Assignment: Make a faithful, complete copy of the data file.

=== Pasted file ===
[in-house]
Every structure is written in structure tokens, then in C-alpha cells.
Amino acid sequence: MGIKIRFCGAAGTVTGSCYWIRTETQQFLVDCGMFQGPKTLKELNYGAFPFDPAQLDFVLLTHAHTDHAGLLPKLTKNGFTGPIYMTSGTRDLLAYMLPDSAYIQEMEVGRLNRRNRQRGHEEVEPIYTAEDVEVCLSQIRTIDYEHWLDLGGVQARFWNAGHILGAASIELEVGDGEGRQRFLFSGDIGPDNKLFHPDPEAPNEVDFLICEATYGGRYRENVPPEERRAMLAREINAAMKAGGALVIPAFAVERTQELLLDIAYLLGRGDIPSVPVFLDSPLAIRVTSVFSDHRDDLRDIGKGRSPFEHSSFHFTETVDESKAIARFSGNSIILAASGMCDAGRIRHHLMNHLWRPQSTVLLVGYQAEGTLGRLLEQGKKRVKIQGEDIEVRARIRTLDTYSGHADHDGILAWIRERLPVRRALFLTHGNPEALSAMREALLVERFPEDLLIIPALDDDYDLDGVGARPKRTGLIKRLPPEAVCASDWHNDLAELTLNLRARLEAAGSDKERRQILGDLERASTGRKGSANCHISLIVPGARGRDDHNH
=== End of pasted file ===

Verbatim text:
[in-house]
Every structure is written in structure tokens, then in C-alpha cells.
Amino acid sequence: MGIKIRFCGAAGTVTGSCYWIRTETQQFLVDCGMFQGPKTLKELNYGAFPFDPAQLDFVLLTHAHTDHAGLLPKLTKNGFTGPIYMTSGTRDLLAYMLPDSAYIQEMEVGRLNRRNRQRGHEEVEPIYTAEDVEVCLSQIRTIDYEHWLDLGGVQARFWNAGHILGAASIELEVGDGEGRQRFLFSGDIGPDNKLFHPDPEAPNEVDFLICEATYGGRYRENVPPEERRAMLAREINAAMKAGGALVIPAFAVERTQELLLDIAYLLGRGDIPSVPVFLDSPLAIRVTSVFSDHRDDLRDIGKGRSPFEHSSFHFTETVDESKAIARFSGNSIILAASGMCDAGRIRHHLMNHLWRPQSTVLLVGYQAEGTLGRLLEQGKKRVKIQGEDIEVRARIRTLDTYSGHADHDGILAWIRERLPVRRALFLTHGNPEALSAMREALLVERFPEDLLIIPALDDDYDLDGVGARPKRTGLIKRLPPEAVCASDWHNDLAELTLNLRARLEAAGSDKERRQILGDLERASTGRKGSANCHISLIVPGARGRDDHNH